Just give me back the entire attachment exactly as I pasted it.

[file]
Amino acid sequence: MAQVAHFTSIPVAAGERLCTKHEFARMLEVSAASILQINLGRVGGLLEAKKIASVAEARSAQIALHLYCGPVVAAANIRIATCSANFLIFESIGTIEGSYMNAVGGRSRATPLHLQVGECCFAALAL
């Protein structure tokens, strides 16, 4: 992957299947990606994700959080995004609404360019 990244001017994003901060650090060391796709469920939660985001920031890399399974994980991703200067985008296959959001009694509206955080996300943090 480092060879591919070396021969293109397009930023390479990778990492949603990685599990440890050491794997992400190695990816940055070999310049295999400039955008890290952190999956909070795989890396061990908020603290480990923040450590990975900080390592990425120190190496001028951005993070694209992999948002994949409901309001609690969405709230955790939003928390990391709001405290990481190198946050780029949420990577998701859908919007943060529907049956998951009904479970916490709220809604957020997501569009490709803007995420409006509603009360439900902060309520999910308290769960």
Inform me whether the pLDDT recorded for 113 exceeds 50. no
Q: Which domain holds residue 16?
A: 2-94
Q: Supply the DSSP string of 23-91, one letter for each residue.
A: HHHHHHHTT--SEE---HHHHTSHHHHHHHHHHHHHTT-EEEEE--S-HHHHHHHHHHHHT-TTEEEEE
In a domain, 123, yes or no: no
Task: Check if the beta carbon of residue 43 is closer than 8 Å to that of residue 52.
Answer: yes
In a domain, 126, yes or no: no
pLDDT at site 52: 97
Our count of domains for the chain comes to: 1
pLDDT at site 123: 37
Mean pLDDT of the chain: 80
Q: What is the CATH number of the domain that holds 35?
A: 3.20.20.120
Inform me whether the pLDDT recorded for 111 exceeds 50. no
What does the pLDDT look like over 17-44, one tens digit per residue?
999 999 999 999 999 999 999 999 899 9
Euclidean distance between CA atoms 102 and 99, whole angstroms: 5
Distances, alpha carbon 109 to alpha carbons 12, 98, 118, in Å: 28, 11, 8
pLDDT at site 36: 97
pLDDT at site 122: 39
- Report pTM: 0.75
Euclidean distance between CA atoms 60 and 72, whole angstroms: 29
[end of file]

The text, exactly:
Amino acid sequence: MAQVAHFTSIPVAAGERLCTKHEFARMLEVSAASILQINLGRVGGLLEAKKIASVAEARSAQIALHLYCGPVVAAANIRIATCSANFLIFESIGTIEGSYMNAVGGRSRATPLHLQVGECCFAALAL
């Protein structure tokens, strides 16, 4: 992957299947990606994700959080995004609404360019 990244001017994003901060650090060391796709469920939660985001920031890399399974994980991703200067985008296959959001009694509206955080996300943090 480092060879591919070396021969293109397009930023390479990778990492949603990685599990440890050491794997992400190695990816940055070999310049295999400039955008890290952190999956909070795989890396061990908020603290480990923040450590990975900080390592990425120190190496001028951005993070694209992999948002994949409901309001609690969405709230955790939003928390990391709001405290990481190198946050780029949420990577998701859908919007943060529907049956998951009904479970916490709220809604957020997501569009490709803007995420409006509603009360439900902060309520999910308290769960």
Inform me whether the pLDDT recorded for 113 exceeds 50. no
Q: Which domain holds residue 16?
A: 2-94
Q: Supply the DSSP string of 23-91, one letter for each residue.
A: HHHHHHHTT--SEE---HHHHTSHHHHHHHHHHHHHTT-EEEEE--S-HHHHHHHHHHHHT-TTEEEEE
In a domain, 123, yes or no: no
Task: Check if the beta carbon of residue 43 is closer than 8 Å to that of residue 52.
Answer: yes
In a domain, 126, yes or no: no
pLDDT at site 52: 97
Our count of domains for the chain comes to: 1
pLDDT at site 123: 37
Mean pLDDT of the chain: 80
Q: What is the CATH number of the domain that holds 35?
A: 3.20.20.120
Inform me whether the pLDDT recorded for 111 exceeds 50. no
What does the pLDDT look like over 17-44, one tens digit per residue?
999 999 999 999 999 999 999 999 899 9
Euclidean distance between CA atoms 102 and 99, whole angstroms: 5
Distances, alpha carbon 109 to alpha carbons 12, 98, 118, in Å: 28, 11, 8
pLDDT at site 36: 97
pLDDT at site 122: 39
- Report pTM: 0.75
Euclidean distance between CA atoms 60 and 72, whole angstroms: 29